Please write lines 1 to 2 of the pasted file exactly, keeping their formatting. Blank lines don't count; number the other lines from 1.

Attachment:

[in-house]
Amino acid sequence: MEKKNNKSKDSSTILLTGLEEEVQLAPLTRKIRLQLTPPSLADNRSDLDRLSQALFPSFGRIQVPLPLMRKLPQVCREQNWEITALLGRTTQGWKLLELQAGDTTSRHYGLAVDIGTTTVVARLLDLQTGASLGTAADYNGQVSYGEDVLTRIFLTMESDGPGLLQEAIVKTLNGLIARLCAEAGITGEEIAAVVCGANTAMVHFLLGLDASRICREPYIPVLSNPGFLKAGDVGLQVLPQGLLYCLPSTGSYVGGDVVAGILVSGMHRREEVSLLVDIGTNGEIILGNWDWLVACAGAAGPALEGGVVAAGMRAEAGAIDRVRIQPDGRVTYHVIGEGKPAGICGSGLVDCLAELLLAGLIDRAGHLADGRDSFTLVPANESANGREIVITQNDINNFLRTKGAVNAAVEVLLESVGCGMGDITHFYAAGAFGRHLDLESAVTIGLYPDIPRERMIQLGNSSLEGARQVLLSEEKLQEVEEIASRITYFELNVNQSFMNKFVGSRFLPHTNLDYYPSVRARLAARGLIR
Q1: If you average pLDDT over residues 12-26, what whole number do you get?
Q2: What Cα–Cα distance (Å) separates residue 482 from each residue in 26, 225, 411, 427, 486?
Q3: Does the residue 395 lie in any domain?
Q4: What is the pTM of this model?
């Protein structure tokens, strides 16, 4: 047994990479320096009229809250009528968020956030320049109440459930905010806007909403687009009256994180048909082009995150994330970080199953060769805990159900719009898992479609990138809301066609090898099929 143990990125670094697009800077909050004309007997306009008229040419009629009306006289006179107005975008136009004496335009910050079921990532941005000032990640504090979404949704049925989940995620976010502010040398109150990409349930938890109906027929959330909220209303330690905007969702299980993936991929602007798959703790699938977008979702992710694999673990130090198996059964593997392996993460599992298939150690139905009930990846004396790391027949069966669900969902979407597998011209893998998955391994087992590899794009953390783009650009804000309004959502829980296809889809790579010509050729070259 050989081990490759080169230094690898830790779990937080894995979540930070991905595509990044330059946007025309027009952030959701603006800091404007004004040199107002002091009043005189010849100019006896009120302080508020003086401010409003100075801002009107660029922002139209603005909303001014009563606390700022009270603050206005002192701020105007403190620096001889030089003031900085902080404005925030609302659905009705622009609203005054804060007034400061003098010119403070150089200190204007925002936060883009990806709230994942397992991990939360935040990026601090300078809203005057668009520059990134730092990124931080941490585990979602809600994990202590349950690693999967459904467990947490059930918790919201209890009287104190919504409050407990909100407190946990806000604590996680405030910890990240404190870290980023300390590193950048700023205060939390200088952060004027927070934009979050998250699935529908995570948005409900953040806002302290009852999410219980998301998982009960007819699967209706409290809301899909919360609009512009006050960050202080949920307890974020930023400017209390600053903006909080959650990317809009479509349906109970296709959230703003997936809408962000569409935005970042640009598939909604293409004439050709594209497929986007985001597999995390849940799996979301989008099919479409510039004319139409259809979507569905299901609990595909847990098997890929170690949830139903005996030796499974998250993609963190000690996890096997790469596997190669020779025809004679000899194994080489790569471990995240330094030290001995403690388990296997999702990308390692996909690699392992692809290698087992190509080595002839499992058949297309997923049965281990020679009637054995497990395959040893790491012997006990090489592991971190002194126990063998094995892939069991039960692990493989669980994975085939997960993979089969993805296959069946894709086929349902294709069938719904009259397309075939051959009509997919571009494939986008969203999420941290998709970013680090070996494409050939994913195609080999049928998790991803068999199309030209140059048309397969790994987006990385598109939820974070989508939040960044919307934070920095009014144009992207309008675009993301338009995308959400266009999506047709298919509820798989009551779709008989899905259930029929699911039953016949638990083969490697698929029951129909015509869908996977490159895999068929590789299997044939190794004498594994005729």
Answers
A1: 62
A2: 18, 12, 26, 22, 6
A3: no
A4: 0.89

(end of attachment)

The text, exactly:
[in-house]
Amino acid sequence: MEKKNNKSKDSSTILLTGLEEEVQLAPLTRKIRLQLTPPSLADNRSDLDRLSQALFPSFGRIQVPLPLMRKLPQVCREQNWEITALLGRTTQGWKLLELQAGDTTSRHYGLAVDIGTTTVVARLLDLQTGASLGTAADYNGQVSYGEDVLTRIFLTMESDGPGLLQEAIVKTLNGLIARLCAEAGITGEEIAAVVCGANTAMVHFLLGLDASRICREPYIPVLSNPGFLKAGDVGLQVLPQGLLYCLPSTGSYVGGDVVAGILVSGMHRREEVSLLVDIGTNGEIILGNWDWLVACAGAAGPALEGGVVAAGMRAEAGAIDRVRIQPDGRVTYHVIGEGKPAGICGSGLVDCLAELLLAGLIDRAGHLADGRDSFTLVPANESANGREIVITQNDINNFLRTKGAVNAAVEVLLESVGCGMGDITHFYAAGAFGRHLDLESAVTIGLYPDIPRERMIQLGNSSLEGARQVLLSEEKLQEVEEIASRITYFELNVNQSFMNKFVGSRFLPHTNLDYYPSVRARLAARGLIR